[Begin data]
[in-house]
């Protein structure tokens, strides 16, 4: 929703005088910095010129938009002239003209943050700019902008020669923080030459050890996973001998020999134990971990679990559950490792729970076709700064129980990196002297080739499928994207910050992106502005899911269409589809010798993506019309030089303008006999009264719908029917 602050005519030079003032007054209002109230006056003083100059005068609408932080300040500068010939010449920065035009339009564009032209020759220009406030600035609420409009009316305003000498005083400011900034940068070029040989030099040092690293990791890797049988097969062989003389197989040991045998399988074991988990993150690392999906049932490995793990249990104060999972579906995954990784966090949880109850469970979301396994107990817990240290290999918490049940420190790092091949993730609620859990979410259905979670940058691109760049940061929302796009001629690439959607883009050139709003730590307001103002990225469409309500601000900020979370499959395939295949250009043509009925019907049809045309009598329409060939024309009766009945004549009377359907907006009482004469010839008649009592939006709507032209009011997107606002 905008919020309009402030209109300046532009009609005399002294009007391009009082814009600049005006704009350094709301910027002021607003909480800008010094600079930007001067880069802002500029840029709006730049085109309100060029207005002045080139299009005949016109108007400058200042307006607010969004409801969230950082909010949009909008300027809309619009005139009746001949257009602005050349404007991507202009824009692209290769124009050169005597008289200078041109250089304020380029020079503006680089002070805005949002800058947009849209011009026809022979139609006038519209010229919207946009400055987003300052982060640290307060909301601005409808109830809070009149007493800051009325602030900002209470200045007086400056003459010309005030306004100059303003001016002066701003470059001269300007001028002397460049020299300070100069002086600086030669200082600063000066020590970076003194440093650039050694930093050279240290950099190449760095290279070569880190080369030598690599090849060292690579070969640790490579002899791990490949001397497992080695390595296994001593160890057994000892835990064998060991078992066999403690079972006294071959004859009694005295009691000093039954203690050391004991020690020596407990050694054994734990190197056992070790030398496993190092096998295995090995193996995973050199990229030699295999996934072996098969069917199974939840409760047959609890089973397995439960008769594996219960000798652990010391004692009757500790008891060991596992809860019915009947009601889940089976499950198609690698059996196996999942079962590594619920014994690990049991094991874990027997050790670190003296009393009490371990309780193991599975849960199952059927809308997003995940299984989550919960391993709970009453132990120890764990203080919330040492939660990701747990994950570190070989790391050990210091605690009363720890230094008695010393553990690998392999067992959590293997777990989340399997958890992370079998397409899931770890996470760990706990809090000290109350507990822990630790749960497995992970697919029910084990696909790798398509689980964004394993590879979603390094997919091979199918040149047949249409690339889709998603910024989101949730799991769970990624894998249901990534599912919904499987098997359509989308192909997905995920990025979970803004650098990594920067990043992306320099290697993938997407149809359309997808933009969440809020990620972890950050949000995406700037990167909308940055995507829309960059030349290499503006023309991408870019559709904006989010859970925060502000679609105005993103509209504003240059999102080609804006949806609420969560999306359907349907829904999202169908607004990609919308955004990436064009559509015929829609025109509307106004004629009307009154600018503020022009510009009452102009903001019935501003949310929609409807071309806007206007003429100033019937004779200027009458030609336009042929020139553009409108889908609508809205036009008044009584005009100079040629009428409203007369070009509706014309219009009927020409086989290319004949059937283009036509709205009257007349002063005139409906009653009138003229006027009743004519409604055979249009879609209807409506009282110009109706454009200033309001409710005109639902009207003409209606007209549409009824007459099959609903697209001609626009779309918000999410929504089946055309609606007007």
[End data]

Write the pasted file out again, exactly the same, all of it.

[in-house]
């Protein structure tokens, strides 16, 4: 929703005088910095010129938009002239003209943050700019902008020669923080030459050890996973001998020999134990971990679990559950490792729970076709700064129980990196002297080739499928994207910050992106502005899911269409589809010798993506019309030089303008006999009264719908029917 602050005519030079003032007054209002109230006056003083100059005068609408932080300040500068010939010449920065035009339009564009032209020759220009406030600035609420409009009316305003000498005083400011900034940068070029040989030099040092690293990791890797049988097969062989003389197989040991045998399988074991988990993150690392999906049932490995793990249990104060999972579906995954990784966090949880109850469970979301396994107990817990240290290999918490049940420190790092091949993730609620859990979410259905979670940058691109760049940061929302796009001629690439959607883009050139709003730590307001103002990225469409309500601000900020979370499959395939295949250009043509009925019907049809045309009598329409060939024309009766009945004549009377359907907006009482004469010839008649009592939006709507032209009011997107606002 905008919020309009402030209109300046532009009609005399002294009007391009009082814009600049005006704009350094709301910027002021607003909480800008010094600079930007001067880069802002500029840029709006730049085109309100060029207005002045080139299009005949016109108007400058200042307006607010969004409801969230950082909010949009909008300027809309619009005139009746001949257009602005050349404007991507202009824009692209290769124009050169005597008289200078041109250089304020380029020079503006680089002070805005949002800058947009849209011009026809022979139609006038519209010229919207946009400055987003300052982060640290307060909301601005409808109830809070009149007493800051009325602030900002209470200045007086400056003459010309005030306004100059303003001016002066701003470059001269300007001028002397460049020299300070100069002086600086030669200082600063000066020590970076003194440093650039050694930093050279240290950099190449760095290279070569880190080369030598690599090849060292690579070969640790490579002899791990490949001397497992080695390595296994001593160890057994000892835990064998060991078992066999403690079972006294071959004859009694005295009691000093039954203690050391004991020690020596407990050694054994734990190197056992070790030398496993190092096998295995090995193996995973050199990229030699295999996934072996098969069917199974939840409760047959609890089973397995439960008769594996219960000798652990010391004692009757500790008891060991596992809860019915009947009601889940089976499950198609690698059996196996999942079962590594619920014994690990049991094991874990027997050790670190003296009393009490371990309780193991599975849960199952059927809308997003995940299984989550919960391993709970009453132990120890764990203080919330040492939660990701747990994950570190070989790391050990210091605690009363720890230094008695010393553990690998392999067992959590293997777990989340399997958890992370079998397409899931770890996470760990706990809090000290109350507990822990630790749960497995992970697919029910084990696909790798398509689980964004394993590879979603390094997919091979199918040149047949249409690339889709998603910024989101949730799991769970990624894998249901990534599912919904499987098997359509989308192909997905995920990025979970803004650098990594920067990043992306320099290697993938997407149809359309997808933009969440809020990620972890950050949000995406700037990167909308940055995507829309960059030349290499503006023309991408870019559709904006989010859970925060502000679609105005993103509209504003240059999102080609804006949806609420969560999306359907349907829904999202169908607004990609919308955004990436064009559509015929829609025109509307106004004629009307009154600018503020022009510009009452102009903001019935501003949310929609409807071309806007206007003429100033019937004779200027009458030609336009042929020139553009409108889908609508809205036009008044009584005009100079040629009428409203007369070009509706014309219009009927020409086989290319004949059937283009036509709205009257007349002063005139409906009653009138003229006027009743004519409604055979249009879609209807409506009282110009109706454009200033309001409710005109639902009207003409209606007209549409009824007459099959609903697209001609626009779309918000999410929504089946055309609606007007």